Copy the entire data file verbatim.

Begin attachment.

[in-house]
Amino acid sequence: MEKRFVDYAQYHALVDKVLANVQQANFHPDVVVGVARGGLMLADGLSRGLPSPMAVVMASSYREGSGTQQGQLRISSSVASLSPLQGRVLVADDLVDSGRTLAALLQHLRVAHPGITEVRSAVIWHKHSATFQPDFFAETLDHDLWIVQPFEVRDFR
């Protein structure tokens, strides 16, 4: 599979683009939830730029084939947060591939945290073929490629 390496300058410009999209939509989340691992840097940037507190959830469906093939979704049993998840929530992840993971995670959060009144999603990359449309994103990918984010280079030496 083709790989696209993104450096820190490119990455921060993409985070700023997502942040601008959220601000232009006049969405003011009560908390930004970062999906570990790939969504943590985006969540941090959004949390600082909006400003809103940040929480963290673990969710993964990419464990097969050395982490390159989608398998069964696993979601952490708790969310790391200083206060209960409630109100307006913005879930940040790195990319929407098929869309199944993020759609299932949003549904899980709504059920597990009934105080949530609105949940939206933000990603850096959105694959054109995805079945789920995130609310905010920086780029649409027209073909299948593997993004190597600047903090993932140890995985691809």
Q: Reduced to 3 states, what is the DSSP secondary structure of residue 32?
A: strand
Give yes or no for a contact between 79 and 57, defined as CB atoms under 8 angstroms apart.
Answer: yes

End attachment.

[in-house]
Amino acid sequence: MEKRFVDYAQYHALVDKVLANVQQANFHPDVVVGVARGGLMLADGLSRGLPSPMAVVMASSYREGSGTQQGQLRISSSVASLSPLQGRVLVADDLVDSGRTLAALLQHLRVAHPGITEVRSAVIWHKHSATFQPDFFAETLDHDLWIVQPFEVRDFR
């Protein structure tokens, strides 16, 4: 599979683009939830730029084939947060591939945290073929490629 390496300058410009999209939509989340691992840097940037507190959830469906093939979704049993998840929530992840993971995670959060009144999603990359449309994103990918984010280079030496 083709790989696209993104450096820190490119990455921060993409985070700023997502942040601008959220601000232009006049969405003011009560908390930004970062999906570990790939969504943590985006969540941090959004949390600082909006400003809103940040929480963290673990969710993964990419464990097969050395982490390159989608398998069964696993979601952490708790969310790391200083206060209960409630109100307006913005879930940040790195990319929407098929869309199944993020759609299932949003549904899980709504059920597990009934105080949530609105949940939206933000990603850096959105694959054109995805079945789920995130609310905010920086780029649409027209073909299948593997993004190597600047903090993932140890995985691809």
Q: Reduced to 3 states, what is the DSSP secondary structure of residue 32?
A: strand
Give yes or no for a contact between 79 and 57, defined as CB atoms under 8 angstroms apart.
Answer: yes